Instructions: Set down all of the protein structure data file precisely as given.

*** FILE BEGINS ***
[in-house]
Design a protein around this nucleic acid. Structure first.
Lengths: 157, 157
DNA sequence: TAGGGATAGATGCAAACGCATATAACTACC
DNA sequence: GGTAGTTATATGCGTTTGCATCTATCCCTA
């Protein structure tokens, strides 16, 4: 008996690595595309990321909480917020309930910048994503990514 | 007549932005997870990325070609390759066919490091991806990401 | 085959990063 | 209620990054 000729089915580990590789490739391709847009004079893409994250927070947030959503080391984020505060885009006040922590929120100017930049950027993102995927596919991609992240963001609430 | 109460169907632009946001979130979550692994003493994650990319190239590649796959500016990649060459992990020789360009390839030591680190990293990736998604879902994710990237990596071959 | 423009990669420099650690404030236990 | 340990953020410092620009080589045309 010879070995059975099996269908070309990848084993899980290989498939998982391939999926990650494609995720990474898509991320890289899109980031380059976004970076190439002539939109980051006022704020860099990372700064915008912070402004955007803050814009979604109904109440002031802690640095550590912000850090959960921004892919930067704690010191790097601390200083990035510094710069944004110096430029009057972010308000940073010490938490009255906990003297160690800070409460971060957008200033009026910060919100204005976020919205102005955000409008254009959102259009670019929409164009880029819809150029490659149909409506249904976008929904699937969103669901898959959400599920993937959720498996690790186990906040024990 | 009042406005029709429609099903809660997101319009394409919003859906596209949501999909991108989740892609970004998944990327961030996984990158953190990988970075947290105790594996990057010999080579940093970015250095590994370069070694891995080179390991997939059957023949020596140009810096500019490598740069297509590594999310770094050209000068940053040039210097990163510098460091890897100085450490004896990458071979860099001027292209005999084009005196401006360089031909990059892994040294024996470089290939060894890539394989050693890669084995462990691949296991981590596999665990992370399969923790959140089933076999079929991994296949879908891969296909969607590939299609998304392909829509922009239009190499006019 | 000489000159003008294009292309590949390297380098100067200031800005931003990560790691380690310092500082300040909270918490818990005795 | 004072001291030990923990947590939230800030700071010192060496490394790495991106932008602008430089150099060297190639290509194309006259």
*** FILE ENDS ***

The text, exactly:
[in-house]
Design a protein around this nucleic acid. Structure first.
Lengths: 157, 157
DNA sequence: TAGGGATAGATGCAAACGCATATAACTACC
DNA sequence: GGTAGTTATATGCGTTTGCATCTATCCCTA
């Protein structure tokens, strides 16, 4: 008996690595595309990321909480917020309930910048994503990514 | 007549932005997870990325070609390759066919490091991806990401 | 085959990063 | 209620990054 000729089915580990590789490739391709847009004079893409994250927070947030959503080391984020505060885009006040922590929120100017930049950027993102995927596919991609992240963001609430 | 109460169907632009946001979130979550692994003493994650990319190239590649796959500016990649060459992990020789360009390839030591680190990293990736998604879902994710990237990596071959 | 423009990669420099650690404030236990 | 340990953020410092620009080589045309 010879070995059975099996269908070309990848084993899980290989498939998982391939999926990650494609995720990474898509991320890289899109980031380059976004970076190439002539939109980051006022704020860099990372700064915008912070402004955007803050814009979604109904109440002031802690640095550590912000850090959960921004892919930067704690010191790097601390200083990035510094710069944004110096430029009057972010308000940073010490938490009255906990003297160690800070409460971060957008200033009026910060919100204005976020919205102005955000409008254009959102259009670019929409164009880029819809150029490659149909409506249904976008929904699937969103669901898959959400599920993937959720498996690790186990906040024990 | 009042406005029709429609099903809660997101319009394409919003859906596209949501999909991108989740892609970004998944990327961030996984990158953190990988970075947290105790594996990057010999080579940093970015250095590994370069070694891995080179390991997939059957023949020596140009810096500019490598740069297509590594999310770094050209000068940053040039210097990163510098460091890897100085450490004896990458071979860099001027292209005999084009005196401006360089031909990059892994040294024996470089290939060894890539394989050693890669084995462990691949296991981590596999665990992370399969923790959140089933076999079929991994296949879908891969296909969607590939299609998304392909829509922009239009190499006019 | 000489000159003008294009292309590949390297380098100067200031800005931003990560790691380690310092500082300040909270918490818990005795 | 004072001291030990923990947590939230800030700071010192060496490394790495991106932008602008430089150099060297190639290509194309006259």